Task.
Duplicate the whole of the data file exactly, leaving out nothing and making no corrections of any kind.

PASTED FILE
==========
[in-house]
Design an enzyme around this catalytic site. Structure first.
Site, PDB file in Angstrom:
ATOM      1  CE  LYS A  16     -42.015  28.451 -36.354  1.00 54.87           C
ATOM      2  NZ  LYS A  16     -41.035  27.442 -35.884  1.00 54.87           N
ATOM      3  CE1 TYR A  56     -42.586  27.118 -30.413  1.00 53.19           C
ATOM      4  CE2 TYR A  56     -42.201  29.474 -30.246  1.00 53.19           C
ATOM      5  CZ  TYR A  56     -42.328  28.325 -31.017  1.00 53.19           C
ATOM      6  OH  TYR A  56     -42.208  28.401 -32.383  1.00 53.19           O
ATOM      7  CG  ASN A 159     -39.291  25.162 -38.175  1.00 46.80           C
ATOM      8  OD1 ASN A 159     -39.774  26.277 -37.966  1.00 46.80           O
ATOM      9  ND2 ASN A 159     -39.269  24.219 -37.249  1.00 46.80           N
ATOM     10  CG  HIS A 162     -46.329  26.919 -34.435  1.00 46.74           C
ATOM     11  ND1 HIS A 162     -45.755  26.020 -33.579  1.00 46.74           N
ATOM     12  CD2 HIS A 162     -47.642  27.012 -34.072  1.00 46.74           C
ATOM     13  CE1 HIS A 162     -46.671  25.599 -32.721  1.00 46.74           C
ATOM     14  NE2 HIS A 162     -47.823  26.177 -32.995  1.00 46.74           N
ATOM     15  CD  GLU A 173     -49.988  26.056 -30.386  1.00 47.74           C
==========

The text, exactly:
[in-house]
Design an enzyme around this catalytic site. Structure first.
Site, PDB file in Angstrom:
ATOM      1  CE  LYS A  16     -42.015  28.451 -36.354  1.00 54.87           C
ATOM      2  NZ  LYS A  16     -41.035  27.442 -35.884  1.00 54.87           N
ATOM      3  CE1 TYR A  56     -42.586  27.118 -30.413  1.00 53.19           C
ATOM      4  CE2 TYR A  56     -42.201  29.474 -30.246  1.00 53.19           C
ATOM      5  CZ  TYR A  56     -42.328  28.325 -31.017  1.00 53.19           C
ATOM      6  OH  TYR A  56     -42.208  28.401 -32.383  1.00 53.19           O
ATOM      7  CG  ASN A 159     -39.291  25.162 -38.175  1.00 46.80           C
ATOM      8  OD1 ASN A 159     -39.774  26.277 -37.966  1.00 46.80           O
ATOM      9  ND2 ASN A 159     -39.269  24.219 -37.249  1.00 46.80           N
ATOM     10  CG  HIS A 162     -46.329  26.919 -34.435  1.00 46.74           C
ATOM     11  ND1 HIS A 162     -45.755  26.020 -33.579  1.00 46.74           N
ATOM     12  CD2 HIS A 162     -47.642  27.012 -34.072  1.00 46.74           C
ATOM     13  CE1 HIS A 162     -46.671  25.599 -32.721  1.00 46.74           C
ATOM     14  NE2 HIS A 162     -47.823  26.177 -32.995  1.00 46.74           N
ATOM     15  CD  GLU A 173     -49.988  26.056 -30.386  1.00 47.74           C